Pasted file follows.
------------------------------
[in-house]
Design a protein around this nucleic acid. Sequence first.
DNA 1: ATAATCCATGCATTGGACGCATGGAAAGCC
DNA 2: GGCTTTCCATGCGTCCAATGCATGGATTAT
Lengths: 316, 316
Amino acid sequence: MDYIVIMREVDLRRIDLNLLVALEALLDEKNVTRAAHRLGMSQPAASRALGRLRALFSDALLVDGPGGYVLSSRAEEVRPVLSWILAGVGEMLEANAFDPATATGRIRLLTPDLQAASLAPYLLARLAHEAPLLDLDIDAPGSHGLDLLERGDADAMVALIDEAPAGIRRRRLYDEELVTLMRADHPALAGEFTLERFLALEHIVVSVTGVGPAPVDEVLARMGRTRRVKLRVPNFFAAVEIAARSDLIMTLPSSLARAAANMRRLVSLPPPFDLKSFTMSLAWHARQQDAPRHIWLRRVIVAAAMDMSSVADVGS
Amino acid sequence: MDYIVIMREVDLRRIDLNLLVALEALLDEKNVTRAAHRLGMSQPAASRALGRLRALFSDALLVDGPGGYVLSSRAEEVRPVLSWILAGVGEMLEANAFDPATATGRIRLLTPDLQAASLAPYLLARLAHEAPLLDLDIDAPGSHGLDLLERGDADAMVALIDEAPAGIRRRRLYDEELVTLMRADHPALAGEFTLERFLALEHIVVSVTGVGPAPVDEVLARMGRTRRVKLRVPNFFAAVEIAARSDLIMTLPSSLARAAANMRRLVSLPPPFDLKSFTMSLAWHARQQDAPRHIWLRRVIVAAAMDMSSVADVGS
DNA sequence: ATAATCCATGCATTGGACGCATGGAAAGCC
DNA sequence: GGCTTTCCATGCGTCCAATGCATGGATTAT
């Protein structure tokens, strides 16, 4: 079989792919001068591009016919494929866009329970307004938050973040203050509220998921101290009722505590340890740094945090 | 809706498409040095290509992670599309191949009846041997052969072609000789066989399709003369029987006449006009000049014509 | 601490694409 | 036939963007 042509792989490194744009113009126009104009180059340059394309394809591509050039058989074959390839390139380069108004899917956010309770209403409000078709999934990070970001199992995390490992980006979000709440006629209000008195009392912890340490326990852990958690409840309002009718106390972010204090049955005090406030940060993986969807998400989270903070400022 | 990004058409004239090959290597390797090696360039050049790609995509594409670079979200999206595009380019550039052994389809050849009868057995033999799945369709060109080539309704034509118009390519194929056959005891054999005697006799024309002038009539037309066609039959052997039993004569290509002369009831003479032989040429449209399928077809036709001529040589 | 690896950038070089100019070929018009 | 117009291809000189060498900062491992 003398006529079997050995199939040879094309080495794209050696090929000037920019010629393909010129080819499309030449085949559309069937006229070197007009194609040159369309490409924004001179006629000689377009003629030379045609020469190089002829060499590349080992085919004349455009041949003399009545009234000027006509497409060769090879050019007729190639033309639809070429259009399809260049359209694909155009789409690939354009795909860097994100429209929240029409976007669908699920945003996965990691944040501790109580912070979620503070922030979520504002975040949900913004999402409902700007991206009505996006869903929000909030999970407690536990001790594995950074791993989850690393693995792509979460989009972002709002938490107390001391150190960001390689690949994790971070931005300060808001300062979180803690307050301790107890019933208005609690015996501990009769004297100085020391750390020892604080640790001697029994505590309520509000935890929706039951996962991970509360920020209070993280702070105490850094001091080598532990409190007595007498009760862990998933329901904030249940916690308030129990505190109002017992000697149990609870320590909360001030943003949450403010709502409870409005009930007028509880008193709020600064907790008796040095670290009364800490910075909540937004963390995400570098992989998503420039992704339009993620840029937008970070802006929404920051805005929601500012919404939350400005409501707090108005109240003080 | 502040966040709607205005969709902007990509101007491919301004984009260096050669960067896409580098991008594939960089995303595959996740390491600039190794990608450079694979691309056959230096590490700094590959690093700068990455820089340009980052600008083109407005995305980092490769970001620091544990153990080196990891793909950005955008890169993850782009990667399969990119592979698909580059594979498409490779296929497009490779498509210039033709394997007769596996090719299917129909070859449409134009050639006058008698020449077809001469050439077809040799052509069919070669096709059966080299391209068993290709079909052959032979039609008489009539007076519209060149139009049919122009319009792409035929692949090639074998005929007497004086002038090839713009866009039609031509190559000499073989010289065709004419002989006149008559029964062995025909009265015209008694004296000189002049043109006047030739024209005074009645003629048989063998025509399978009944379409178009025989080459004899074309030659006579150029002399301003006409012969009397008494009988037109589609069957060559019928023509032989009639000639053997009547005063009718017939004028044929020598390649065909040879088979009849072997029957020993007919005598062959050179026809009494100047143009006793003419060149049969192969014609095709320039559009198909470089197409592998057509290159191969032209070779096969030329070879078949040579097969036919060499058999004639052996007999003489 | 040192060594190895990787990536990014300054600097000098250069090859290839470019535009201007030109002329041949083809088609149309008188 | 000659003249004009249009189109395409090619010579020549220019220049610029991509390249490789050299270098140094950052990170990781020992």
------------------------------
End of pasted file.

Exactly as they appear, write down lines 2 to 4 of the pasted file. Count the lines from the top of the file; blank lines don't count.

Design a protein around this nucleic acid. Sequence first.
DNA 1: ATAATCCATGCATTGGACGCATGGAAAGCC
DNA 2: GGCTTTCCATGCGTCCAATGCATGGATTAT